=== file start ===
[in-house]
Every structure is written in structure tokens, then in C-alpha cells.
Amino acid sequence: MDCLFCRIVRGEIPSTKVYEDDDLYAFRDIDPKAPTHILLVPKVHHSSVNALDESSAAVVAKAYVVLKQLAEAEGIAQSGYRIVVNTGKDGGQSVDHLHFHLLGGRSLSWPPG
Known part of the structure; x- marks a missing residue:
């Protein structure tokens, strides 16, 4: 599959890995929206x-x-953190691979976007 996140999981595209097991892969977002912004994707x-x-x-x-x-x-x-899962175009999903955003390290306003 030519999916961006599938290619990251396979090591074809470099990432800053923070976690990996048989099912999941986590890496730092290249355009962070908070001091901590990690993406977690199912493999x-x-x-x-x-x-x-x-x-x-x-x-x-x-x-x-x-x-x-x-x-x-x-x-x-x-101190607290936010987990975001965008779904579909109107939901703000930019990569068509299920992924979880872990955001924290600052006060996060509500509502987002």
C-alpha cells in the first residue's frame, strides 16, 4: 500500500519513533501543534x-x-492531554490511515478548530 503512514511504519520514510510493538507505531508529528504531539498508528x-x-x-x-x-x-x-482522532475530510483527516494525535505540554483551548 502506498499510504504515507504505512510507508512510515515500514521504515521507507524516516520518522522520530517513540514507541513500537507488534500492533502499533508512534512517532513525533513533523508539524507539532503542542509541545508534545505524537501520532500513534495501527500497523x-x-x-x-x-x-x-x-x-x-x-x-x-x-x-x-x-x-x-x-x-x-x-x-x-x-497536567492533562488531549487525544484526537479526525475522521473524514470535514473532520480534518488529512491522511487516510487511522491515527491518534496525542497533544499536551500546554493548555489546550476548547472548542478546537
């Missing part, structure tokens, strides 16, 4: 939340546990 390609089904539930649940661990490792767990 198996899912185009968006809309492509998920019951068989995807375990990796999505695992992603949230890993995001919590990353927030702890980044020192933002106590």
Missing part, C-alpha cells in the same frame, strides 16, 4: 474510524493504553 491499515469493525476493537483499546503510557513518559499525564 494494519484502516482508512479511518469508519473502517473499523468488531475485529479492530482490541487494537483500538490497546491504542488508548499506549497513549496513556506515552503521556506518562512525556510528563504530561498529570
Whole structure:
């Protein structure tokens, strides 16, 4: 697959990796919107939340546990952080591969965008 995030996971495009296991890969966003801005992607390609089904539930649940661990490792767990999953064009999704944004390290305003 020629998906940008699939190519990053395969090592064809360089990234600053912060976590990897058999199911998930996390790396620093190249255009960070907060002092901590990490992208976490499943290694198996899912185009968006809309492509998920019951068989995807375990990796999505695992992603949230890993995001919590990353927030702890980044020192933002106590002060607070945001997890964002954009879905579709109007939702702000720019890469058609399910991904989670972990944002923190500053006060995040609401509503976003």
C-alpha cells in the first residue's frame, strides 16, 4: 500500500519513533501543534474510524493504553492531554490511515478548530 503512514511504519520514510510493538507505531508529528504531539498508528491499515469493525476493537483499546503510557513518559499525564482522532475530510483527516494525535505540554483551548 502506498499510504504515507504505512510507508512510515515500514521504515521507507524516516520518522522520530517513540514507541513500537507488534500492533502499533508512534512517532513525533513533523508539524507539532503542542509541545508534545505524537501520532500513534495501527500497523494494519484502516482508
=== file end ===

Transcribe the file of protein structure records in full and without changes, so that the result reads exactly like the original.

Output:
[in-house]
Every structure is written in structure tokens, then in C-alpha cells.
Amino acid sequence: MDCLFCRIVRGEIPSTKVYEDDDLYAFRDIDPKAPTHILLVPKVHHSSVNALDESSAAVVAKAYVVLKQLAEAEGIAQSGYRIVVNTGKDGGQSVDHLHFHLLGGRSLSWPPG
Known part of the structure; x- marks a missing residue:
């Protein structure tokens, strides 16, 4: 599959890995929206x-x-953190691979976007 996140999981595209097991892969977002912004994707x-x-x-x-x-x-x-899962175009999903955003390290306003 030519999916961006599938290619990251396979090591074809470099990432800053923070976690990996048989099912999941986590890496730092290249355009962070908070001091901590990690993406977690199912493999x-x-x-x-x-x-x-x-x-x-x-x-x-x-x-x-x-x-x-x-x-x-x-x-x-x-101190607290936010987990975001965008779904579909109107939901703000930019990569068509299920992924979880872990955001924290600052006060996060509500509502987002």
C-alpha cells in the first residue's frame, strides 16, 4: 500500500519513533501543534x-x-492531554490511515478548530 503512514511504519520514510510493538507505531508529528504531539498508528x-x-x-x-x-x-x-482522532475530510483527516494525535505540554483551548 502506498499510504504515507504505512510507508512510515515500514521504515521507507524516516520518522522520530517513540514507541513500537507488534500492533502499533508512534512517532513525533513533523508539524507539532503542542509541545508534545505524537501520532500513534495501527500497523x-x-x-x-x-x-x-x-x-x-x-x-x-x-x-x-x-x-x-x-x-x-x-x-x-x-497536567492533562488531549487525544484526537479526525475522521473524514470535514473532520480534518488529512491522511487516510487511522491515527491518534496525542497533544499536551500546554493548555489546550476548547472548542478546537
């Missing part, structure tokens, strides 16, 4: 939340546990 390609089904539930649940661990490792767990 198996899912185009968006809309492509998920019951068989995807375990990796999505695992992603949230890993995001919590990353927030702890980044020192933002106590």
Missing part, C-alpha cells in the same frame, strides 16, 4: 474510524493504553 491499515469493525476493537483499546503510557513518559499525564 494494519484502516482508512479511518469508519473502517473499523468488531475485529479492530482490541487494537483500538490497546491504542488508548499506549497513549496513556506515552503521556506518562512525556510528563504530561498529570
Whole structure:
């Protein structure tokens, strides 16, 4: 697959990796919107939340546990952080591969965008 995030996971495009296991890969966003801005992607390609089904539930649940661990490792767990999953064009999704944004390290305003 020629998906940008699939190519990053395969090592064809360089990234600053912060976590990897058999199911998930996390790396620093190249255009960070907060002092901590990490992208976490499943290694198996899912185009968006809309492509998920019951068989995807375990990796999505695992992603949230890993995001919590990353927030702890980044020192933002106590002060607070945001997890964002954009879905579709109007939702702000720019890469058609399910991904989670972990944002923190500053006060995040609401509503976003």
C-alpha cells in the first residue's frame, strides 16, 4: 500500500519513533501543534474510524493504553492531554490511515478548530 503512514511504519520514510510493538507505531508529528504531539498508528491499515469493525476493537483499546503510557513518559499525564482522532475530510483527516494525535505540554483551548 502506498499510504504515507504505512510507508512510515515500514521504515521507507524516516520518522522520530517513540514507541513500537507488534500492533502499533508512534512517532513525533513533523508539524507539532503542542509541545508534545505524537501520532500513534495501527500497523494494519484502516482508